If you plan on doing any highway driving with your next collector car, you need to stop reading right now. These are not fun to drive on anything but the back roads, city streets or better yet, no roads. We have been there. But they are amazing off roaders that will take you pretty much anywhere and in any road condition. But there are those times when even a Landie gets mired in the muck. This one could use a Warn winch and a snorkel to be totally invincible. The rest of it is nicely done. Read More
There is something about a vehicle that has an attitude. Most cars are designed not to possess an attitude but to reflect a marketing department’s dream of what will sell. True, some get lucky and produce a car that says something about itself while sitting in the driveway like a bulldog standing by the front door waiting to go out. Read More
We all know how difficult it is to judge a car from a photograph or two. But sometimes, and we mean sometimes, the image of a car just speaks to you. Usually if it triggers an emotion, it is worth a closer look. Most of the time it leads you down a trail to certain disappointment. But this is the business that we have chosen for ourselves so we endure and keep looking. Now we are sure you hope all of this editorial eloquence would lead you to some rare Alfa in spectacular original condition. Read More
We do not know a lot about this Landie other than what we saw when we spotted it in the camping area at Lime Rock Park. It is RHD and it looked to be in pretty good shape. Read More
Not much to go on here as the seller is rather tight lipped about the details. He does say that it can be driven everyday. Unless you are John Wayne in Daktari, we aren’t sure how much fun that would be. Read More
This 109″ Station Wagon, NADA specification, the Rover Motor Company of North America Ltd, South San Francisco, CA, imported #140 out of 811, and it arrived at San Francisco in 1966. The NADA 109s were the first production Land Rovers to have not only a key-starter, but had a single wiper motor and purpose-built heater system.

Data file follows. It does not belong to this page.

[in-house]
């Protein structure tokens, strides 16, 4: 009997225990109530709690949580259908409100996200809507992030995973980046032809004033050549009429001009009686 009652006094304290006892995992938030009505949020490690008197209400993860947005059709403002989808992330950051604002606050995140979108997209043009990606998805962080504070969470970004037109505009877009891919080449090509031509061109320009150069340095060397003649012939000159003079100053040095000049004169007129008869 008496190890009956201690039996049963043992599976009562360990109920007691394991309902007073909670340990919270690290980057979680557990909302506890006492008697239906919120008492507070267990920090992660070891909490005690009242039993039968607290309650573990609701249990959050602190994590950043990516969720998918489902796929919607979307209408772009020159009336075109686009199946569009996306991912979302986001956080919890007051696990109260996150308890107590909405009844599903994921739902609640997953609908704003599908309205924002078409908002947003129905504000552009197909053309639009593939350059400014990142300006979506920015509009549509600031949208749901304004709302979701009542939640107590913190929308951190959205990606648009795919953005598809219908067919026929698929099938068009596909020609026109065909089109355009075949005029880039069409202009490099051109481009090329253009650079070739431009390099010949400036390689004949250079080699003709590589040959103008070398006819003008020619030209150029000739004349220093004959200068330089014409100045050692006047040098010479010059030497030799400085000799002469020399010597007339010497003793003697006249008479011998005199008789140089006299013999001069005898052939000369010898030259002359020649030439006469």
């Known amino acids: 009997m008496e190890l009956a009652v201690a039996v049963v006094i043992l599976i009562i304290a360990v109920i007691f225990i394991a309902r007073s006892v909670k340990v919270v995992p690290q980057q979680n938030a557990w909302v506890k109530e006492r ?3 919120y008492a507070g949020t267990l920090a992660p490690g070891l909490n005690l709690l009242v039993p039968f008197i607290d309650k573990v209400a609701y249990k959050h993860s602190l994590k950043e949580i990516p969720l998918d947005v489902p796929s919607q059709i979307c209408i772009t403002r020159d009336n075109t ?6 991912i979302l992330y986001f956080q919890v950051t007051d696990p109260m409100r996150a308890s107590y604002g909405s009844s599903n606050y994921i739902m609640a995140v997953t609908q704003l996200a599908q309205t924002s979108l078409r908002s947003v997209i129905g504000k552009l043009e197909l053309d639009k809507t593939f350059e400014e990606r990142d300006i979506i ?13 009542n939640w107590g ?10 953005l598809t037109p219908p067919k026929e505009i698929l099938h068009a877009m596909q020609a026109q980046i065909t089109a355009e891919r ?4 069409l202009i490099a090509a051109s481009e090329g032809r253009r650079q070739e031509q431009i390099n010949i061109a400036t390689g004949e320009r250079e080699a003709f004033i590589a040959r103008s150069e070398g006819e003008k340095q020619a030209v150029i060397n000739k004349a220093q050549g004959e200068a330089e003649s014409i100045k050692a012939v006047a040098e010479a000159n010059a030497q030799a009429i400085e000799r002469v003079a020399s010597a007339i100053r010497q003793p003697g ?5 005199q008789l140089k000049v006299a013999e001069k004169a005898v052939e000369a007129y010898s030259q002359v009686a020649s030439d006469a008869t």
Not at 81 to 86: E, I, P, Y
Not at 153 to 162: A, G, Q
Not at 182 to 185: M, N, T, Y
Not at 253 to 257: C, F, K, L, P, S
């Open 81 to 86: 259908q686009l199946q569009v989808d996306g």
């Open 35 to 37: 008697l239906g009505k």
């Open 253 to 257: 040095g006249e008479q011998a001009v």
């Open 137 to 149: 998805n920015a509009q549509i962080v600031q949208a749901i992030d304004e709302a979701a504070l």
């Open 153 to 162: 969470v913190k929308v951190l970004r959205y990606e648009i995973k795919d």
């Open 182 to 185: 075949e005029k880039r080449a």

What can you say about the trend to build a car/truck that will pretty much go anywhere. Is it based in the popularity of Expedition Explorers who want to drive around the world, people who just like off-roading in the country, or are they people who are concerned the grid will eventually collapse and everyman for themselves? We have friends who own a similar vehicle lovingly named Irene. It was not named Irene after a favorite Aunt but an epic storm that decimated the northeast. So all of these are good reasons to buy this truck, a wonderfully spectacular, fully rebuilt, Landie Series IIA. Read More
There is no secret that we love a good 4X4. Our tastes run the full range from British to Japanese and even American. We had the good fortune of finding a home for another Series II just last month and perhaps we can work the same magic again with this one. Today’s Landie is a completely rebuilt truck with all of the tough-guy bits. When you go through the parts list, you too might notice that the manufacturer of said part has a really tough sounding name. Read More
Brian Beker is a friend of a friend and we are glad to meet him through this site. He purchased one of our featured posts. If you are a feel-good story lover, visit his website by clicking here.